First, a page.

In FIG. 2, the cermet fuel electrode anode 6 in FIG. 1) is shown in the “green” state, before sintering, in an idealized, magnified simplified, cross sectional view. Where the cross-section shows several filamentary strings of nickel 19 particles. For sake of clarity, the filamentary strings 19 are all shown with circular cross-sections, whereas they will, in fact, have a wide variety of irregular cross-sections. These long nickel filamentary strings 19, have a chain-like matrix structure containing beads particles 20 resembling lumpy spikey spheres. The strings 19, which contact each other at a very large number of cross-over points 22 throughout the volume of the “green” fuel electrode structure, provide a matrix for the other materials in the fuel electrode and provide a larger number of active sites and potentially high conductivity upon sintering. Thus, the filamentary strings 19 are disposed within the fuel electrode structure 6, and provide a random directional matrix as shown. The filamentary strings 19 are preferably in the form of a felt.

The chain-like strings 19 can be disposed within a part of or all of the thickness of fuel electrode structure 6 of FIG. 1. Upon sintering, at from about 1200° C. to 1400° C., the metal particles and nickel filaments bond in intimate contact at a great many points in the final fuel electrode structure.

The nickel filaments are commercially available, and are described in a INCO Nickel Powders Properties And Applications brochure, published by International Nickel Inc., pp. 6-8. The brochure states that:

The filamentary powders are spikey spheres bonded together in chain-like structures resembling strings of beads. Because the filaments interfere with the spacing of each other, the powders exhibit low apparent densities. The apparent density measurement is a crude function of the length of strings of beads, that is, the lower the density, the longer the string of beads. The other physical property that is meaningful is the particle size as measured by the Fisher Subsieve Size, which will be indicative of the bead diameter. The filamentary powders are produced with a variation in diameter, length and degree of branching. Homogeneous batches result from fluidized air blending. The lowest density filaments are generally longer, more highly branched, and thinner in diameter, while the higher density filaments tend to be shorter and thicker.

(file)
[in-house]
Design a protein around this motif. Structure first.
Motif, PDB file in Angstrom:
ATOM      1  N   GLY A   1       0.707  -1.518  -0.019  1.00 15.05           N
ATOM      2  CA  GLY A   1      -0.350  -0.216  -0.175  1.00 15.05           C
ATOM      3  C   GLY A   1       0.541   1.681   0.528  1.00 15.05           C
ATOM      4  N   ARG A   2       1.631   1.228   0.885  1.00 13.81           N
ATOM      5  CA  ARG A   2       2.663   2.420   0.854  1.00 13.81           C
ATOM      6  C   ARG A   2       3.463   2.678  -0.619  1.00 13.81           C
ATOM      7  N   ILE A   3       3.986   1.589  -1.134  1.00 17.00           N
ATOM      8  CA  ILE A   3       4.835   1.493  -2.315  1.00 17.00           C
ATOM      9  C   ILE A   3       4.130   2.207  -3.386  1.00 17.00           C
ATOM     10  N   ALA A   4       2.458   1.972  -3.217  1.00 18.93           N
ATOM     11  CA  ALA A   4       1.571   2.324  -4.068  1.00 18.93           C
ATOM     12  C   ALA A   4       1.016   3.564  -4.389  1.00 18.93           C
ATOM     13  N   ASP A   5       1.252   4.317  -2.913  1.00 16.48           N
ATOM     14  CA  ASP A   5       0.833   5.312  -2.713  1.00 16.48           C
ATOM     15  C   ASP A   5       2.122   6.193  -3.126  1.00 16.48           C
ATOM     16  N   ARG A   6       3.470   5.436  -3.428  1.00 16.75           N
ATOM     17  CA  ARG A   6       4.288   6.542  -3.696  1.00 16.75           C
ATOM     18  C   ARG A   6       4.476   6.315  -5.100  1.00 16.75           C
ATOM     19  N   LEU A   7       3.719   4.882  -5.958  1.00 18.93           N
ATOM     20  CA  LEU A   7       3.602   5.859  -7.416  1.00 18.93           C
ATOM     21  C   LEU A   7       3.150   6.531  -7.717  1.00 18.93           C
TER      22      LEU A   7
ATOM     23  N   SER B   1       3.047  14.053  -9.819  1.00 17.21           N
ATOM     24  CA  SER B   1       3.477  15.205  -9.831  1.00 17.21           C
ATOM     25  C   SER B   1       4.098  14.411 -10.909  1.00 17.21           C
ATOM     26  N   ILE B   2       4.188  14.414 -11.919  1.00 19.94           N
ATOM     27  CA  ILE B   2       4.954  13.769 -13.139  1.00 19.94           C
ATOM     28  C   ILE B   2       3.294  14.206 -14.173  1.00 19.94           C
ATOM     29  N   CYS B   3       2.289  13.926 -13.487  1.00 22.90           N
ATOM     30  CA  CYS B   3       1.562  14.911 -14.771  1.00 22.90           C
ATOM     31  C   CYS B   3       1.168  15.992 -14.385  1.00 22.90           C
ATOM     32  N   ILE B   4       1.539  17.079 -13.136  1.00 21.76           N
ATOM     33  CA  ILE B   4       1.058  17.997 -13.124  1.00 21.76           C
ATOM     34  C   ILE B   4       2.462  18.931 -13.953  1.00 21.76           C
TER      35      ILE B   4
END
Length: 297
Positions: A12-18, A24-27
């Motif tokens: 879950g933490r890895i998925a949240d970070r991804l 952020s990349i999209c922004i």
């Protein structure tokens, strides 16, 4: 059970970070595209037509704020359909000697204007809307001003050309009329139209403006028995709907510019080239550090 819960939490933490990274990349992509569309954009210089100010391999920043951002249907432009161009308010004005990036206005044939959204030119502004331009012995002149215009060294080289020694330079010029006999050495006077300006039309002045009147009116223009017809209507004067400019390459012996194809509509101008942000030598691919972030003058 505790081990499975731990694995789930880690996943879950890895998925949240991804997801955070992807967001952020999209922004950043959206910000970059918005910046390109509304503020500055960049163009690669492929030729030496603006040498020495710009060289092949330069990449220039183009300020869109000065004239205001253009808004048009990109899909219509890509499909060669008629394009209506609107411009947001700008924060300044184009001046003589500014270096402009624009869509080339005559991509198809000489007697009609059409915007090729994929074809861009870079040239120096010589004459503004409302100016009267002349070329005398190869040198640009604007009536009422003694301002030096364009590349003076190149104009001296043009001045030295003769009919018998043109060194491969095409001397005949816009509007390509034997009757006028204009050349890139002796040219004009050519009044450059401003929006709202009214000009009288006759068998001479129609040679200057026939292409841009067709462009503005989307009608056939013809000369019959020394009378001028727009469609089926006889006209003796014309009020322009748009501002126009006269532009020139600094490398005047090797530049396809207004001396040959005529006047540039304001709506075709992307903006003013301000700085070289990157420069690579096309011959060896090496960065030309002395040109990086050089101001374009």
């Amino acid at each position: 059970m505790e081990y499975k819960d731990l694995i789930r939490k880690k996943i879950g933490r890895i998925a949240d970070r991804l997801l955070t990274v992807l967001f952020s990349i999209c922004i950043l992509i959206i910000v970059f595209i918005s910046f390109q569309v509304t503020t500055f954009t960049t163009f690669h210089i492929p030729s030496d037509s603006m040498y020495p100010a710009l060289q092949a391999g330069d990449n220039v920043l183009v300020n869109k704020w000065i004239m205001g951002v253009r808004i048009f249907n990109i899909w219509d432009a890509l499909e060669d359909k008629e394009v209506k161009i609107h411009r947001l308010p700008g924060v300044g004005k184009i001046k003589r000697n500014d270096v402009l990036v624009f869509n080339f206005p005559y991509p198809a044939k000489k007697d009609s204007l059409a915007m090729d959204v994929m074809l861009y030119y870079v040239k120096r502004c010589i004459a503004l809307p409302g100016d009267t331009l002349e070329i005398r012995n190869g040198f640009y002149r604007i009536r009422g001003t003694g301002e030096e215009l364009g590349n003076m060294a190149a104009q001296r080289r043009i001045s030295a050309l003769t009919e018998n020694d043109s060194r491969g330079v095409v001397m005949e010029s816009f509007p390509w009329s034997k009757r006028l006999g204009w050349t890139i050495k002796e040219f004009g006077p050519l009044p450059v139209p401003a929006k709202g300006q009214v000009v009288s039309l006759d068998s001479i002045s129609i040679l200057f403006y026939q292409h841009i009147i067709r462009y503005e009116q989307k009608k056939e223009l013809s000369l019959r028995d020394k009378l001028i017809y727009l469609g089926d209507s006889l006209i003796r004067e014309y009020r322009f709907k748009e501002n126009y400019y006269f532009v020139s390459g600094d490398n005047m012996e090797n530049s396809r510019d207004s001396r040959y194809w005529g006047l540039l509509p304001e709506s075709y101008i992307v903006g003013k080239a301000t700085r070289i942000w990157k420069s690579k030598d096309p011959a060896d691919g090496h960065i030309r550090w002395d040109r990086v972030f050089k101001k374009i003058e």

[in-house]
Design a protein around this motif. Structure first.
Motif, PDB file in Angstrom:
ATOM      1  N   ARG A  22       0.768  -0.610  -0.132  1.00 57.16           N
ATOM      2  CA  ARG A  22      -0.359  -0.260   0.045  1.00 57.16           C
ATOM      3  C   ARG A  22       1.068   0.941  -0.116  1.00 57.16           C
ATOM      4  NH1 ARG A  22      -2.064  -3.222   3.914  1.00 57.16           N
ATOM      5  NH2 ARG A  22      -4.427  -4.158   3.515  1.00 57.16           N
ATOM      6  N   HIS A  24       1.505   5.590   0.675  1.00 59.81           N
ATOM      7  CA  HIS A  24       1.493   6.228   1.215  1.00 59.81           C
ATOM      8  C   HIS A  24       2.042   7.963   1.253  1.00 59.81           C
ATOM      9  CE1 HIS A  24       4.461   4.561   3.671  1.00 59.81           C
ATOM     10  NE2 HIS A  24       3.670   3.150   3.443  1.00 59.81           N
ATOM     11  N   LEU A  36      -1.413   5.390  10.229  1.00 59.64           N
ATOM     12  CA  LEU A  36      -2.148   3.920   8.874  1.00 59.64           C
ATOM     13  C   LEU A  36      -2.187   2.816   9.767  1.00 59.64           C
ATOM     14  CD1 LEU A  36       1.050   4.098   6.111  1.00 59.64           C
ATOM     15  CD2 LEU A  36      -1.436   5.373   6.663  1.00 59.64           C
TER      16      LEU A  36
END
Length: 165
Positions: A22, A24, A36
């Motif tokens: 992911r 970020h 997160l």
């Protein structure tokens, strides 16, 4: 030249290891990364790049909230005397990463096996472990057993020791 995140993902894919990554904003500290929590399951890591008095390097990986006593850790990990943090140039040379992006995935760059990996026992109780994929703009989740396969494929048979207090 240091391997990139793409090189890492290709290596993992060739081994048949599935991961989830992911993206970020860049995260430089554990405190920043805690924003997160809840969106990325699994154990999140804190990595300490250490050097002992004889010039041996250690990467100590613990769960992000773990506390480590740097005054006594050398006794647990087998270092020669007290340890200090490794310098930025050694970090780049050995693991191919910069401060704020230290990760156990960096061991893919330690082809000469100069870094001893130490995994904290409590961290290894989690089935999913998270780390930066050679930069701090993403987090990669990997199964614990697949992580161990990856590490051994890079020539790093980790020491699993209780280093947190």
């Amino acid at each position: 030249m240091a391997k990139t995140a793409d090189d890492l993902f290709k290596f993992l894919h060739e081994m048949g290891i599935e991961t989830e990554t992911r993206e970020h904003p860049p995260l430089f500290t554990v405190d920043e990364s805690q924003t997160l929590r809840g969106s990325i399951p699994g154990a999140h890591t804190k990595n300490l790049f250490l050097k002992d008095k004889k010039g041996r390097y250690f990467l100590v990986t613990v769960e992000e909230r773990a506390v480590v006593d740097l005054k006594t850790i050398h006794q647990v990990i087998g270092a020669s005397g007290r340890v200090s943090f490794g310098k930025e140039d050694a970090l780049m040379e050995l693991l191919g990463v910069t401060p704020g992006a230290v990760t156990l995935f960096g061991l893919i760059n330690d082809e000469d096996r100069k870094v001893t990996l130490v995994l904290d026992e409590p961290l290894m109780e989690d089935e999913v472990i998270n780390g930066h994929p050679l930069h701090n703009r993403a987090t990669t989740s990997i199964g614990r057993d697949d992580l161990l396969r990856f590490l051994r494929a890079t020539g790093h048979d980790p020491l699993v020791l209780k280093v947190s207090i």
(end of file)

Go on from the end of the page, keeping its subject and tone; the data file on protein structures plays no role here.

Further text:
Typical chemical analysis, according to the brochure, shows that the powders constitute 0.25 wt. % max carbon, and 0.15 wt. % max oxygen, with minor amounts of sulfur and iron, and the balance nickel. The average particle size (Fisher Subsieve Size) is from 2.2 micrometers to 2.8 micrometers, the apparent density is from 0.5 g/cc (gram/cubic centimeter) to 0.65 g/cc and the specific surface area is 0.68 m2/g (meters squared/gram). The Fisher Subsieve Size pertains to the diameter of the individual spheres in the filaments. Gross particle sizes are variable and are much larger.

The brochure states that the high surface area and low apparent density of the powders are properties which permit production of sintered nickel products with controlled porosity. End use applications include nickel-alkaline battery plates, fuel cell electrodes, and metal filters. The brochure also states that electrodes made from these low density, filamentary powders are very porous, enabling high loading of thin deposits of active mass. Electrodes made from these high purity powders offer excellent corrosion resistance in alkaline media. In addition to applications requiring controlled porosity, these powders are used for conventional powder metallurgy items.